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Fitplay-Building Healthy Lifestyles for Kids Print CE Course-3rd Edition

Fitplay-Building Healthy Lifestyles for Kids Print CE Course-3rd Edition


Available As

    Print Course

    Course components can be delivered as printed products or online:
    • Workbook
    • Continuing education exam
    Fitplay: Building Healthy Lifestyles for Kids, Third Edition CE Course brings excitement into your physical education ideas by providing kids with fun rather than routine exercise. Master the art of teaching without preaching and emphasize the fun in the fundamentals as you combine health education and fitness training with play activities. Each daily lesson contains a fresh game plan that you can immediately put into action for all kids ages 3 to 12. The course concludes with a continuing education exam for credit through participating organizations.

    Course Objectives
    • Identify the role of fitness in children’s health and wellness.
    • Outline major health concerns and risk factors associated with inactivity in children.
    • Discuss age-appropriate fitness and motor skill development.
    • Establish goals for health and fitness programming for children.
    • Discuss the use of props, themes, and music in a children’s fitness program.
    • Outline appropriate physical activities for health and fitness for children.
    • Discuss appropriate and effective exercise design for children ages 3 to 6 and 7 to 12.
    • Explain how to incorporate health education, family fitness activities, and at-home projects into programming.
    • Describe creative methods and activities for teaching children health and fitness.
    • Implement FitPlay lesson plans for children ages 3 to 6 and 7 to 12.
    Skills Active / REPs pre requisites can be found here:


    A continuing education course for physical education teachers, youth fitness leaders, personal trainers who work with youths, and coaches.

    Table of Contents

    Chapter 1. The State of Children’s Fitness: A Health Crisis
    Risk Factors of Inactivity in Children (The Problem)
    Benefits of Physical Activity
    Aren't Children Naturally Active?
    Barriers 10 Physical Activity
    The Solution

    Chapter 2. Exercise Design for Children
    Principles of Class Design
    Lesson Planning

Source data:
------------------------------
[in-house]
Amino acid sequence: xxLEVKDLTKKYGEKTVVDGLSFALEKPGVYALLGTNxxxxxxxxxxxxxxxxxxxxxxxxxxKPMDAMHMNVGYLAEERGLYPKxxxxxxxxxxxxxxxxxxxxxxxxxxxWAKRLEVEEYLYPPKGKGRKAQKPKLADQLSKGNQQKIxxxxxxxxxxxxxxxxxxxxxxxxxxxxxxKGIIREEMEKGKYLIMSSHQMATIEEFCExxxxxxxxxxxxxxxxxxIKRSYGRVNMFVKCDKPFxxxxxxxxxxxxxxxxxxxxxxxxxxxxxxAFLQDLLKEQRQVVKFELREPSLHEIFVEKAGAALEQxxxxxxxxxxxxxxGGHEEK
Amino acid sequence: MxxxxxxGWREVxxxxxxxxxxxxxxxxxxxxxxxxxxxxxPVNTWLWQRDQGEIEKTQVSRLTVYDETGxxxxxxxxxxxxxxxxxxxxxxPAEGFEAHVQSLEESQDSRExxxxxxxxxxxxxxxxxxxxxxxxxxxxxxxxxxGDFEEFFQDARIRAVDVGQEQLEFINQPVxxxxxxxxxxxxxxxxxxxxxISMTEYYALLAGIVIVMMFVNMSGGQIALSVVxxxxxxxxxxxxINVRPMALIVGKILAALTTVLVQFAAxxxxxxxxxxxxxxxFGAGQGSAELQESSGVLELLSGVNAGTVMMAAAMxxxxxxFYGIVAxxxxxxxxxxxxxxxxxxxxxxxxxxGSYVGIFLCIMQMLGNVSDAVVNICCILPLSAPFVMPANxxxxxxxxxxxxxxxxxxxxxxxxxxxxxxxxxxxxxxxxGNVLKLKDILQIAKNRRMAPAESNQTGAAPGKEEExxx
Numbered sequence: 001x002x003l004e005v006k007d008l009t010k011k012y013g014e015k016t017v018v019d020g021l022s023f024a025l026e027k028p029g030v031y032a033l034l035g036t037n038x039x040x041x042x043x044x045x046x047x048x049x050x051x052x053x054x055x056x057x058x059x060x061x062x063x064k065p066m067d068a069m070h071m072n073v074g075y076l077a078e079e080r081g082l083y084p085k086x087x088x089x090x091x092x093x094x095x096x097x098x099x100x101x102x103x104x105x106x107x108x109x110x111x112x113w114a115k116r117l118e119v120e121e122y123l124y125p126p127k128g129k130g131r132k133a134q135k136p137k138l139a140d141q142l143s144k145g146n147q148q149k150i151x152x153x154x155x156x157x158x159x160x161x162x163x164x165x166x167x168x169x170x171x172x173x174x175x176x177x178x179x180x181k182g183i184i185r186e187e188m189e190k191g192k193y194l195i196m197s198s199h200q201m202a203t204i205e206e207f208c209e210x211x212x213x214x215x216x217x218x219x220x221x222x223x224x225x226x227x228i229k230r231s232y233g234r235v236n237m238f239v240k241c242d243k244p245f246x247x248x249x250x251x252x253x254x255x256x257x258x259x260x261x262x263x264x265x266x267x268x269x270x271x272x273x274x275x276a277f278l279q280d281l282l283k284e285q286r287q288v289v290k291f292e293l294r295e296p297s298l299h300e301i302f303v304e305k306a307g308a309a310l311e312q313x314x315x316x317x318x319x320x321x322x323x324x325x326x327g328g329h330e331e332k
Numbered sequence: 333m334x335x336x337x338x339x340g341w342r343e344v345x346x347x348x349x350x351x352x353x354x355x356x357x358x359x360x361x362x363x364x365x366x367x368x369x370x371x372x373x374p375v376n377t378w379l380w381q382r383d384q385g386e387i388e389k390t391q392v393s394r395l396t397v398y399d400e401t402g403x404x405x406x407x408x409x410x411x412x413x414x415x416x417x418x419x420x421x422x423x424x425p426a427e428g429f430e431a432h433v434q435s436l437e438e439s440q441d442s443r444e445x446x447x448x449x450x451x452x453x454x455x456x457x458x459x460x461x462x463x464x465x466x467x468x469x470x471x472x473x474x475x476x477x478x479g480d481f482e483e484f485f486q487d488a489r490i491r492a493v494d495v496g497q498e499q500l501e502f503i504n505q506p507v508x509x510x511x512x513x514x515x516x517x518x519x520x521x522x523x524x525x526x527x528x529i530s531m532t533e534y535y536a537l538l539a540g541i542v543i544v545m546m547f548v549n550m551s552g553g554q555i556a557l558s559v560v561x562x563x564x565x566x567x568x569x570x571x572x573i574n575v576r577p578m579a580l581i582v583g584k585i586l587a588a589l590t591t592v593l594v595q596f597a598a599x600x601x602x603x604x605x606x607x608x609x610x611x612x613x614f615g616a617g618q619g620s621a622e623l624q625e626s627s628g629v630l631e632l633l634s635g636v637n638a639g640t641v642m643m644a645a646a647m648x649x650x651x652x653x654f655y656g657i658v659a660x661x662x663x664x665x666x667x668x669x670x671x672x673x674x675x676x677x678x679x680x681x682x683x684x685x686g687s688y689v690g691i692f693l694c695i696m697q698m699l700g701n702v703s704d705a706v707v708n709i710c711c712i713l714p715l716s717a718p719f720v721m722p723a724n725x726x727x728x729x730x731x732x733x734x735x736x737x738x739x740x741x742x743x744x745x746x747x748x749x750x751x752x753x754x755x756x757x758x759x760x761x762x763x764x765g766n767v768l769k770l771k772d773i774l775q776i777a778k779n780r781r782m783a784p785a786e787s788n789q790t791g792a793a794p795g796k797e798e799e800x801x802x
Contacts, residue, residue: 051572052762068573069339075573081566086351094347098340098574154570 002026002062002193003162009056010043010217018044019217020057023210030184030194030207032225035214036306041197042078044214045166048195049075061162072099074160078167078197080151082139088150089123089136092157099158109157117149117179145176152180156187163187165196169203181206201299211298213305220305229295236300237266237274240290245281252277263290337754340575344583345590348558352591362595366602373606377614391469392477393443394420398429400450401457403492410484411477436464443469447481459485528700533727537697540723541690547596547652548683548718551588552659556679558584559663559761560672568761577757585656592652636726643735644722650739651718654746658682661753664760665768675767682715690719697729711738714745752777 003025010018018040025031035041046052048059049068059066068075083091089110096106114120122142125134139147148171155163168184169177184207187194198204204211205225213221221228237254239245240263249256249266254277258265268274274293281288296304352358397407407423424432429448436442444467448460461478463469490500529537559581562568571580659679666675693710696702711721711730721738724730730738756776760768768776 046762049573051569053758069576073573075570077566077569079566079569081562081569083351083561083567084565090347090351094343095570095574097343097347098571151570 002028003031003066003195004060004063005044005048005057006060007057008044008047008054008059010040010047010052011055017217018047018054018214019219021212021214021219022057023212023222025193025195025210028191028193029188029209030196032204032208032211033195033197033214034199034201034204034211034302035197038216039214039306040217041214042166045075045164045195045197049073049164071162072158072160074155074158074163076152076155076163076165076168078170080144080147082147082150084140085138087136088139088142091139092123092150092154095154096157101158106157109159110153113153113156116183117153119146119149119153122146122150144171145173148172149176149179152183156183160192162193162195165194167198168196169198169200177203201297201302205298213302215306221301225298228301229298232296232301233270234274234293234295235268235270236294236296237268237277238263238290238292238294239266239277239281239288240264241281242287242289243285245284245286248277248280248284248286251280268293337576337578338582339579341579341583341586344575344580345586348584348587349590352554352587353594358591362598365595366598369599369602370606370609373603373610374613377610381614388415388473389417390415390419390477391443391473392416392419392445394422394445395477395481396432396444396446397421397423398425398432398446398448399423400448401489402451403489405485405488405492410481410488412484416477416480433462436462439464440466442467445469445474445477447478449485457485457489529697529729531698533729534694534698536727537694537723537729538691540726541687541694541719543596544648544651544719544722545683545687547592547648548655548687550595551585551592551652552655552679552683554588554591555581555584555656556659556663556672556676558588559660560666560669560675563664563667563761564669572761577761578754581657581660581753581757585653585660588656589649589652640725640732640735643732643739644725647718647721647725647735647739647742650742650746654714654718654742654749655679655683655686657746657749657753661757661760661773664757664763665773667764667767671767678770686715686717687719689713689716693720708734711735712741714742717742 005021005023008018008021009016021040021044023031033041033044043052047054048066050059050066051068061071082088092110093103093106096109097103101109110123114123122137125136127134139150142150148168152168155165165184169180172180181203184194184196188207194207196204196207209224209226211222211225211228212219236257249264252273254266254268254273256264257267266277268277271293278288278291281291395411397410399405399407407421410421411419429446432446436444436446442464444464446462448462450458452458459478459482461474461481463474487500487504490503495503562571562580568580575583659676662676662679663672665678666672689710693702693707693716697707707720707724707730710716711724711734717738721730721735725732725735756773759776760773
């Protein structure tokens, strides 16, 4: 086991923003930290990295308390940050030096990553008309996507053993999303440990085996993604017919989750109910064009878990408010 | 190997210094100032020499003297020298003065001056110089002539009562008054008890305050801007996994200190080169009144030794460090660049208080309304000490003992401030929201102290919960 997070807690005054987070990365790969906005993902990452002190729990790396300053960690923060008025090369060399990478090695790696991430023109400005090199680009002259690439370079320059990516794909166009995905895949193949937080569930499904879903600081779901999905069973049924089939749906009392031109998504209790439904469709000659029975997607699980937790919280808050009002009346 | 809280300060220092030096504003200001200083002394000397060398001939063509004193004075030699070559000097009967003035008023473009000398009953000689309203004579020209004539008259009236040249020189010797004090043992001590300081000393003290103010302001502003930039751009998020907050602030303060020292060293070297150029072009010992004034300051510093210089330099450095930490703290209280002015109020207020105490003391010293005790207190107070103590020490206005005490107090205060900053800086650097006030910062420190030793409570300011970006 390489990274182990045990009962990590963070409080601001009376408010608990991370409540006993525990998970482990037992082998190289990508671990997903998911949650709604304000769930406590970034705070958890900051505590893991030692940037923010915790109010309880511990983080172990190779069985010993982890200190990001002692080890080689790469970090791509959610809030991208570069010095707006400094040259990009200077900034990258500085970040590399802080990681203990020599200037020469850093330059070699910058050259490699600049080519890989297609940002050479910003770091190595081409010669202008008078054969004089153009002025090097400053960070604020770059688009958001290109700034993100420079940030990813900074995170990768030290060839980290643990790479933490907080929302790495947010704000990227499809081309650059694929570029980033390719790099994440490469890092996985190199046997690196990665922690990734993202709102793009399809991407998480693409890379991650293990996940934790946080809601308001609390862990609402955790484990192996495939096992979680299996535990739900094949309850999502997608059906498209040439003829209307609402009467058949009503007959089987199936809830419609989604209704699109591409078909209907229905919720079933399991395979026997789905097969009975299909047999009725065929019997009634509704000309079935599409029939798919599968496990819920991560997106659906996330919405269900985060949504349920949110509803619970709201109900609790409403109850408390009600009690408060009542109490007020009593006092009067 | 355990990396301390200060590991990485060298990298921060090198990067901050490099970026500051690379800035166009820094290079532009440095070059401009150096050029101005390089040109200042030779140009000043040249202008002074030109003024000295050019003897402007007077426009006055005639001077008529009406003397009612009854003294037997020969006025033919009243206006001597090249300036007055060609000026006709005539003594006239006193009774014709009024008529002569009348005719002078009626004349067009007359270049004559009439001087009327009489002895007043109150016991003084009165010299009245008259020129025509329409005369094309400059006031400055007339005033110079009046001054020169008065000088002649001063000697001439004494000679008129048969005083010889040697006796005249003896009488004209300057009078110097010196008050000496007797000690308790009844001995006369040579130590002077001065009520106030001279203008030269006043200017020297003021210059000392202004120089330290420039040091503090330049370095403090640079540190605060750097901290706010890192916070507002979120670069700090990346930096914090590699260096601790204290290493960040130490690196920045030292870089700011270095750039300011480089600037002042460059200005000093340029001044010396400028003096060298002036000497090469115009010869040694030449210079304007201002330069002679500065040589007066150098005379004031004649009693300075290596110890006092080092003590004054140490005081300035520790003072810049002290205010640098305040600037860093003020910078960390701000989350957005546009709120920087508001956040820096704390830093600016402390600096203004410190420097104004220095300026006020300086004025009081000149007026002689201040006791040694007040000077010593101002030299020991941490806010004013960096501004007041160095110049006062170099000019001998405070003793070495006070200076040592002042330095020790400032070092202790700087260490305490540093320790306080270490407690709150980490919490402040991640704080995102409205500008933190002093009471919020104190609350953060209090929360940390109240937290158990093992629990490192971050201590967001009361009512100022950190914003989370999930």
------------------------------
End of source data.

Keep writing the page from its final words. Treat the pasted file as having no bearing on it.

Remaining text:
Starting a Children's Fitness Program

    Chapter 3. Programming Resources
    Major Developmental Guidelines
    The Development Factor in Kid Fitness
    Using Movement Elements
    Developing a Movement Vocabulary
    40 Ways to Line Up
    Training Heart Rate Chart
    Parachute Activities
    Non-Competitive Games
    ACSM Youth Strength Training
    NSCA Prepubescent Strength Training
    NSCA Guidelines
    Strength Training Teaching Checklist
    Strength Training Exercises for Proper Performance
    Health History

    Chapter 4. Lesson Plans
    Preschool and Primary Lesson Plans
    FitPlay Music Ideas
    Intermediate: Grades Lesson Plans
    Intermediate Dance and Aerobics Lesson Plans
    FitPlay Music Ideas for Ages 7-12
    Specialty Theme Music

    Chapter 5. Education
    Family Fitness Activities
    Tips for Family Fitness
    Mr. and Ms. Bones
    Self-Esteem Activities
    Relaxation Activities
    Hydration: Beat the Heat- Drink Up!
    Dealing with Anger
    Nutrition: Balancing Calories
    Snack Contract and Nutrition Quiz
    Choose to Lose:
    Resource Center
    Appendix: National Guidelines for Children's Physical Activity
    About the Author

    About the Author

    Shelley Whitlatch, MS, holds a bachelor of science degree in physical education and a master of science in exercise science. She has extensive experience teaching physical education and fitness at the preschool, elementary school, middle school, and college levels as well as over 20 years of experience in development and instruction of adult fitness and wellness programs. Shelley is the cofounder of Desert Southwest Fitness instructor training programs and past chairperson of the ACE Continuing Education Committee; she is currently the director of FitCenter, a fitness facility serving special populations.


    "As a trainer and occupational therapist, I will be able to incorporate some of these plans into my treatment training sessions with my younger clients. I have a better knowledge of what will motivate kids and ideas for games and activities that will help my clients with gross motor weaknesses."

    K. Heffner—Muncy, Pennsylvania

    "As a parent of a toddler and an infant, group fitness instructor, and personal trainer, I will use the content of this course to further educate my clients about the importance of fitness for children and to encourage my clients to lead by example for their children. As a parent, I will use the course to implement activities for my own children to help improve their personal fitness, well-being, and self-confidence and self-awareness.”

    B. Klempke—Savage, Minnesota

    "This course completely exceeded my expectations. It was wonderful! There was so much practical advice about how to maintain control as well as great ideas for games and activities. Everything was backed up with studies and important information."

    M. Zignego—Hartford, Wisconsin

    "This course provides age-appropriate fitness development. I will incorporate this information into my school wellness classes.”

    J. Johnson-Kiser—Sevierville, Tennessee